Spread around the park wearing bodysuits made out of fabrics depicting a “tropical” pattern, four women held poses predetermined by the shape of the suit they wore. Audio tracks with female voices came out of concealed speakers. Audience members could listen when they got close enough to each figure. The duration of the audio track marked the performer’s ‘shift,’ during which they held one pose. In between shifts they could take the mask or other parts of their suits off, stretch, talk to audience members, or change location for their next shift. Shifts lasted from five to twelve minutes. The performance lasted for about two hours.
“Containers” oscillates between ideas of agency and impairment within the construction of the ‘tropical’ as a fantasy of leisure, pleasure and exoticness, and the presence of the female body within this fantasy. The poses held may be read as expressing an array of states and ideas, from availability, display, or power, to resignation and idleness. Through the presence of gaze and speech in some instances, or the lack thereof in other moments, these contained figures had a dialogue with the audience and the landscape of Socrates Sculpture Park. Visually incongruous yet sometimes camouflaged within the landscape, the tropical patterns on the bodysuits mimicked the fluctuating contradictions in the speech, pose, and gaze of each of these subjects.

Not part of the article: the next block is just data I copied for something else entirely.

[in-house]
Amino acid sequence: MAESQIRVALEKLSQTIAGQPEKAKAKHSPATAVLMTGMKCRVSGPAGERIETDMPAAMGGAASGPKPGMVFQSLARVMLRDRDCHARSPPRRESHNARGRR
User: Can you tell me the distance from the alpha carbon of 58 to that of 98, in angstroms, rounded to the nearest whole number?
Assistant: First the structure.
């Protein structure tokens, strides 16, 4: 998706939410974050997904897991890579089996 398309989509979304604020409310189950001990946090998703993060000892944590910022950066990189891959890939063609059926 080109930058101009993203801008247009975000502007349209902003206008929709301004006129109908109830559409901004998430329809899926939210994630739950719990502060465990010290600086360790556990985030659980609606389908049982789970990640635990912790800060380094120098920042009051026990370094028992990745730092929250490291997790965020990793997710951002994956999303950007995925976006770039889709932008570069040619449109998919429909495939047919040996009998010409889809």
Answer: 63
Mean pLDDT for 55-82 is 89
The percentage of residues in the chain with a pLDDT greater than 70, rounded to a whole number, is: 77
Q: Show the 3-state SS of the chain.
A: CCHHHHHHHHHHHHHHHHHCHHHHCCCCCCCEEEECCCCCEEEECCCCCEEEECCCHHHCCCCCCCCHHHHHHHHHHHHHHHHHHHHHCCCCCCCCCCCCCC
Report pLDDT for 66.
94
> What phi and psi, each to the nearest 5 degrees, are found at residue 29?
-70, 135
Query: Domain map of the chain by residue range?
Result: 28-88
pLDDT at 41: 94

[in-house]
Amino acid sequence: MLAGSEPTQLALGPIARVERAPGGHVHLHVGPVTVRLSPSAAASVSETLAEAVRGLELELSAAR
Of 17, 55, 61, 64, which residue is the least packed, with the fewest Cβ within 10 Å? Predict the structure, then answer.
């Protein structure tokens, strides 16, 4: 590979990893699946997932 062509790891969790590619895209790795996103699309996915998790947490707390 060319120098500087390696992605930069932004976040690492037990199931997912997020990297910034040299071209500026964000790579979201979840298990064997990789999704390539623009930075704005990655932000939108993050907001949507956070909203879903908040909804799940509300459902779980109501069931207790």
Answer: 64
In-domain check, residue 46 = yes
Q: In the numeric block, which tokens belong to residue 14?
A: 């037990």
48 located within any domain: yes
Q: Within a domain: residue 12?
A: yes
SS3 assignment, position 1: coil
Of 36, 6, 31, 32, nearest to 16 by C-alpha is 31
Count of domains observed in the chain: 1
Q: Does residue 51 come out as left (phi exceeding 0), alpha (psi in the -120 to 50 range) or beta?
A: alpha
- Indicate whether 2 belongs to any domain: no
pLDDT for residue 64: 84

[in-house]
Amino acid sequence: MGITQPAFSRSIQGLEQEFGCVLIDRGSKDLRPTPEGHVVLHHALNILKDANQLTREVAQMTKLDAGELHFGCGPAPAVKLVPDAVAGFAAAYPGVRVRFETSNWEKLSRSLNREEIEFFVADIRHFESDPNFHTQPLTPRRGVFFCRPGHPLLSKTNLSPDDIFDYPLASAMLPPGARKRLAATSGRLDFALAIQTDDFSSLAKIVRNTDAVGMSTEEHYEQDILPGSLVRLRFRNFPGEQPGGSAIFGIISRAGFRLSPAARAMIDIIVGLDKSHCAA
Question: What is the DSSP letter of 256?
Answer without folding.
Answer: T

Audio script excerpts:
“Chapter 1: Adventure of the Seas: You’re not a tourist, you’re on a boat.
They proceeded on their west course, and made over 50 leagues in the day and night, aided by the current. They saw much very fine grass and herbs from rocks, which came from the west, so they considered that they were near land. Everyone was pleased and the best sailors went ahead to sight the first land.
[…] The beach was only active when there was a cruise coming in.
From behind some rocks on the side of the hill behind the fence, I see a woman waving a white plastic plate at me from afar, and doing gestures, mimicking eating from the empty plate. I see more women doing the same. Waving empty plates at us, the tourists who were packing our plates with unlimited buffet material.
[…] The beach at Labadee was warm and salty. I wondered how many bodies had floated in it through the centuries, but the landscape doesn’t confess what it has witnessed.”